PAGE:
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Thread: What are your thoughts on donating organs in the event of death?

  1. #1

    Default What are your thoughts on donating organs in the event of death?

    I got my (restricted) driver's license the other day, and I opted to be an organ donor. To me, it's sort of a creepy thought, but after all, I won't need them anymore.

    Discuss your opinions.
    Last edited by Kovy; 22-Dec-2008 at 01:37.

  2. #2

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    I think that one should definitely donate there organs after death. And I fully support the UK plans to make organ donation 'opt-out' rather than 'opt-in', i.e. your organs will be taken unless you say no beforehand, rather than now where you have to give permission beforehand.

  3. #3

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    I think it is a good idea. If you die and your organs can help someone else to live I am cool with that. My state lets you donate organs. It's voluntary. They put that on your driver's licence too. BTW..I am too young to have a license. But..in 2 years...I can.

  4. #4

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    I've been an organ donor since I started driving. If anyone can make use of what I've got after I'm done with it, they're welcome to them. However, I wouldn't support a change to the system like Charlie mentioned where the donation is assumed unless one opts out. I know that would be beneficial, but I just can't see taking someone's organs unless they positively consent to it.

  5. #5

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    I'm not listed as one on my license...I'd rather keep my organs...Maybe when I'm older I'll change it though...Who knows...One of my teachers said that if you're like in a wreck, and say your card says you're an organ donor, and someone else's doesn't, then they'll try to save the person who isn't an organ donor first...I don't know how true that is, but yeah...Just mentioning it

  6. #6

  7. #7

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    When I went to get my license there was this really funny women at the station they sent me to and she was just like do you want to be an organ donor? Then she was like no you don't cause the minute you sign up for it you'll be in a car crash or something. I understand what she is saying though lol even though she didn't really give me a choice I don't really think at 16 you should be preparing for death unless you are dying. I think when I renew it I'll be one though because I want to live helping other people so I might as well help some people with my death. Unless I become a Rastafarian, or some religion that prohibits the removal of body parts.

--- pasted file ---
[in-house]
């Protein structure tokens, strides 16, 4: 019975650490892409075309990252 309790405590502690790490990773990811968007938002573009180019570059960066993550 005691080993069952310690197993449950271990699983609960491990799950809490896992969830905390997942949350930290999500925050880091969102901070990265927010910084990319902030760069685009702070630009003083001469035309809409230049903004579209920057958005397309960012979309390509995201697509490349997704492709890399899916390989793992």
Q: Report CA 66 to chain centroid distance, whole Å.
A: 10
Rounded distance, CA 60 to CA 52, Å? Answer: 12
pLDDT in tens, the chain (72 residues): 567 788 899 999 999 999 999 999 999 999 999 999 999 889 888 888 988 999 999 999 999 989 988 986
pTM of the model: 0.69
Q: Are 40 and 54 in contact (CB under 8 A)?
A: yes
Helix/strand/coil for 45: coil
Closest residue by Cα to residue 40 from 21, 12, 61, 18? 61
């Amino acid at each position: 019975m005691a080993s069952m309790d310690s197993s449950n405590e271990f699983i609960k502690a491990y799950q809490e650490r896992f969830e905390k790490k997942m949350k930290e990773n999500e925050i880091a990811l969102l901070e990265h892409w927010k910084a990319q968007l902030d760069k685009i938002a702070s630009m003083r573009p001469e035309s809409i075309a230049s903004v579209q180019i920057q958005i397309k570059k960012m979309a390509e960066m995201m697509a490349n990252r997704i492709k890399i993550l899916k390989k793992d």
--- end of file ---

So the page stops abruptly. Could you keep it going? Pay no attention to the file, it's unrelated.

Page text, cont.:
8. #8

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    For me, everythings up for grabs. Take what you need and burn the rest.

  9. #9

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    I'm OK with someone else using my organs if I die, I signed the back of my driver's license saying that I'm cool with donating them if I were to die which I hope won't happen for a good long time at least.

    As for the whole argument of doctor's not trying to save the life of an organ donor, I just don't believe it.

  10. #10

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    Quote Originally Posted by Charlie F View Post
    I think that one should definitely donate there organs after death. And I fully support the UK plans to make organ donation 'opt-out' rather than 'opt-in', i.e. your organs will be taken unless you say no beforehand, rather than now where you have to give permission beforehand.
    while not against organ donation, i am against plans to turn the population into a 'scrapyard' of cheap parts. it cheapens life and doesn't encourage any thought on the issues at hand.
    other than the simpistic notion of 'saving a life', the full extent and ramifications of a flooding of the 'market' with organs is never, that's never, talked about. who's going to pay for the increased number of operations and the subsequent life-long drug dependancy? by all natural rights, the proposed recipients have no business being alive, so who's claiming the moral authority that they should live beyond their natural expectancy and go on to procreate and continue and spread their inherent weakness which will then require more funds, more organs and more deaths to cater for? i don't trust a doctor to have that authority, nor a politician.
    and as potential donators, do we not get a say i how the fruits of our labours (organs) are distributed upon our death? should a person's organs be used to save the life of the person who killed him? and there are much worse variations of that question.
    i think you will find that when it comes to the crunch, in the hustle and bustle of an emergency room, the temptation to speed, or encourage, a death in order to claim the organs will raise it's head.
    and since there is bureaucracy invovled at every level of the proposal, it would be wise to take a look around at how these bureaucrats currently 'manage' the infrastructure of society before letting them take our organs. to my mind, a system (and it's people) which is too lazy and too corrupt to adequately maintain the basic needs of society (roads, sewers, schooling, NHS) and which can't even pour a bit of concrete to a schedule, isn't equipped to handle descisions of this nature, nevermind developing and implementing the operational procedures of it's enactment.

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